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Working to make our roads accessible and safe for everyone

August 30, 2019

Blind man at the front of a classroom

Through iconic songs and movies, beloved works of art, and unforgettable books and stories, American roadways have come to symbolize freedom, adventure, possibility, and wonder. But for the roughly 61 million Americans who have a major disability and the estimated 1.3 million people who are legally blind in the US, independent mobility isn’t always an option.

Some people with disabilities rely on family and friends to get where they need to go; others utilize public transportation, ridesharing, or transportation services through foundations and other organizations. But depending on others to get to work, go to the store, or visit friends can take its toll.

Max, a blind 22-year-old living in Phoenix, explains the frustration of not being able to drive himself. “I need to rely on others for that basic requirement of life,” he says. “It’s limiting.”

A better way to get around

Having a disability shouldn’t mean losing the mobility and freedom that many people in America take for granted. For Max, a solution that allows him to enjoy mobility independence while not having to rely on someone else to drive him would make his life not only easier, but better.

“From a self-esteem point of view, it would be great,” Max explains. “From a practical point of view, it would be life-changing.”

Self-driving technology holds the potential to completely transform how people with disabilities live their lives. We all deserve the freedom and independence that come with being in control of where we want to go and when we want to go there.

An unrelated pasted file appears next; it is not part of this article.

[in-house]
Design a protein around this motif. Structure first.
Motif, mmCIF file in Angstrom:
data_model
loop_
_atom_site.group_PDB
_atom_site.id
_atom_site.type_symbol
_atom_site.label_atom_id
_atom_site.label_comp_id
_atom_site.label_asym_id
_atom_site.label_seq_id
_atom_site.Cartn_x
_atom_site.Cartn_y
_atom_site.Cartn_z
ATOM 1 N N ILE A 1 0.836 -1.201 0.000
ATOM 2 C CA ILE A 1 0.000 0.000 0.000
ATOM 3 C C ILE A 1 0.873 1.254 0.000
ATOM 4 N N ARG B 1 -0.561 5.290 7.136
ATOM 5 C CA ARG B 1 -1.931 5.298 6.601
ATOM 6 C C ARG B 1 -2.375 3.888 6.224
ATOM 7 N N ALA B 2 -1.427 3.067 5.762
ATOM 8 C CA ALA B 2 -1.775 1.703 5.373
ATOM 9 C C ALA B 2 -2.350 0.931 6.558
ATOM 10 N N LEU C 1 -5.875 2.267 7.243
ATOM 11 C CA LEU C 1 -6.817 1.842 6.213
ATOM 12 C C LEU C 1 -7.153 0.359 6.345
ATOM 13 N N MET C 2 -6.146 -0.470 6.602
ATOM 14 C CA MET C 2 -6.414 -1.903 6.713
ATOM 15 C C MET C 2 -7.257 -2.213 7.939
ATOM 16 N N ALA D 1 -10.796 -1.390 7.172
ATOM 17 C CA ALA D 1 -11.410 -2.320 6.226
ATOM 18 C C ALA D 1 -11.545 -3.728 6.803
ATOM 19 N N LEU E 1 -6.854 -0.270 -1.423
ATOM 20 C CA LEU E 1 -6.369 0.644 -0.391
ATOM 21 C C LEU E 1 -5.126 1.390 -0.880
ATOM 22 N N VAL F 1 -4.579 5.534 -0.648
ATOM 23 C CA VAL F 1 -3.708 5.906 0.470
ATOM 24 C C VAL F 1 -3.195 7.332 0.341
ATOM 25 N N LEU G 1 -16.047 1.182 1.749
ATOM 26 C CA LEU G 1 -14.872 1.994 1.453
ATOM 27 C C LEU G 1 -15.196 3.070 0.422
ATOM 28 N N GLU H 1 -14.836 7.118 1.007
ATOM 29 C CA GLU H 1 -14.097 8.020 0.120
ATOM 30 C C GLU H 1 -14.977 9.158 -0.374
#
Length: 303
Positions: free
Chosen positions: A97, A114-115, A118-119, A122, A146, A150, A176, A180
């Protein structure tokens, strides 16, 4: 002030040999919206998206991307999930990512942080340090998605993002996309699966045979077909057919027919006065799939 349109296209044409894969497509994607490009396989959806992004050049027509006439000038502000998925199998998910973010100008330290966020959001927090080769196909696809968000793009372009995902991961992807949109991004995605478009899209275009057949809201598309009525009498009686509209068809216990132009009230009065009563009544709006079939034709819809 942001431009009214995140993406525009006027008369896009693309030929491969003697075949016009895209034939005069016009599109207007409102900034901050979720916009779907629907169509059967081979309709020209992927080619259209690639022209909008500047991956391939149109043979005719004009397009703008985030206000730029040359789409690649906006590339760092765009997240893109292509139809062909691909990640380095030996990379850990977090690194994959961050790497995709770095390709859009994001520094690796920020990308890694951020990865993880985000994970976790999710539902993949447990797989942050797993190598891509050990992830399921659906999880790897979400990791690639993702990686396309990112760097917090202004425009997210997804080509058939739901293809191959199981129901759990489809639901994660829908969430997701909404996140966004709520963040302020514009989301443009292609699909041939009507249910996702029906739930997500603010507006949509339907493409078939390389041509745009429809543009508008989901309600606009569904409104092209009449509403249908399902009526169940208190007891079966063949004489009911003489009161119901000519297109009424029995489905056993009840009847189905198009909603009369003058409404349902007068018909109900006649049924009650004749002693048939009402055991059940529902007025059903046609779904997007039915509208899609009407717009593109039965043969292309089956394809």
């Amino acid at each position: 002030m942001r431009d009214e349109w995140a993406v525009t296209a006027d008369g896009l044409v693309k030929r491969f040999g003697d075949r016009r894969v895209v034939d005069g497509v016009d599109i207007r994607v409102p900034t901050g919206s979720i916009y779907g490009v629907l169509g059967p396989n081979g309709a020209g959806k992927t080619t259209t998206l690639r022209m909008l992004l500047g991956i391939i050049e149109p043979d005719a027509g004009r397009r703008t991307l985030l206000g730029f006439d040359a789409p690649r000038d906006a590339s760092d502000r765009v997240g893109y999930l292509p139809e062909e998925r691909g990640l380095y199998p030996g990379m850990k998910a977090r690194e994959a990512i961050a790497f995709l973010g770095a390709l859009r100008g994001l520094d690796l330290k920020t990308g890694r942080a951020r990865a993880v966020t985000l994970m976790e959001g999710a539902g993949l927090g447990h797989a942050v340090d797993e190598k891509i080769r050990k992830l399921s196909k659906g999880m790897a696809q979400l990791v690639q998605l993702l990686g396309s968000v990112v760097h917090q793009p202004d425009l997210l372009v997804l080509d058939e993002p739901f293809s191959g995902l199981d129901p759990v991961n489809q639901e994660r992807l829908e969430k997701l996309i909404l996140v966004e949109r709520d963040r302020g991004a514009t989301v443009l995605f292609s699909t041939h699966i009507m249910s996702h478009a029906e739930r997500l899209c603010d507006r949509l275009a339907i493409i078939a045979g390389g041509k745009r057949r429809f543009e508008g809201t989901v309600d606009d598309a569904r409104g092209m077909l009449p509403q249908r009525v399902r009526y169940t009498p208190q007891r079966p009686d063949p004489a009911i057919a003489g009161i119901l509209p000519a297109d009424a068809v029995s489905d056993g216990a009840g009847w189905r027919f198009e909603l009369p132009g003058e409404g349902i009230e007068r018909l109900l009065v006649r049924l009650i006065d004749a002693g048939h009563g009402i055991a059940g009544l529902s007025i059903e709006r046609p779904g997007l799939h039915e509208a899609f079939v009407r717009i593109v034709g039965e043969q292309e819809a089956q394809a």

And, with fully-self driving cars, people can rest assured that their driver is designed to be safer, more reliable, and more cautious than any human driver could ever be.

Partnering with the disability community

While working toward creating the road’s safest drivers, self-driving technology companies have collaborated with the disability community to ensure that specific technical features will address the unique needs of people with disabilities, people who are blind, and those with low or impaired vision.

Features currently in development include:

  • A mobile app that seamlessly configures with Android TalkBack, iOS VoiceOver, and others
  • Audio cues and tools to keep passengers informed about the journey
  • Braille labels for starting the ride, pulling over the vehicle, or calling for assistance
  • On-screen visual cues of what is happening around the vehicle for deaf and hard-of-hearing riders
  • Chat-based rider support available through audio inside the vehicle

In the event of an emergency situation, chat-based audio rider support is an essential safety precaution for any rider.

Self-driving technology is the future of mobility

Self-driving technology can help people with disabilities stay connected to their communities. It can offer convenience, safety, and independence, and take the burden off of family, friends, and caregivers. It can give people with disabilities the freedom to make decisions about where they’re going and when they want to go.

Another road is possible. Join us to learn more about how Waymo’s fully self-driving technology can take us there.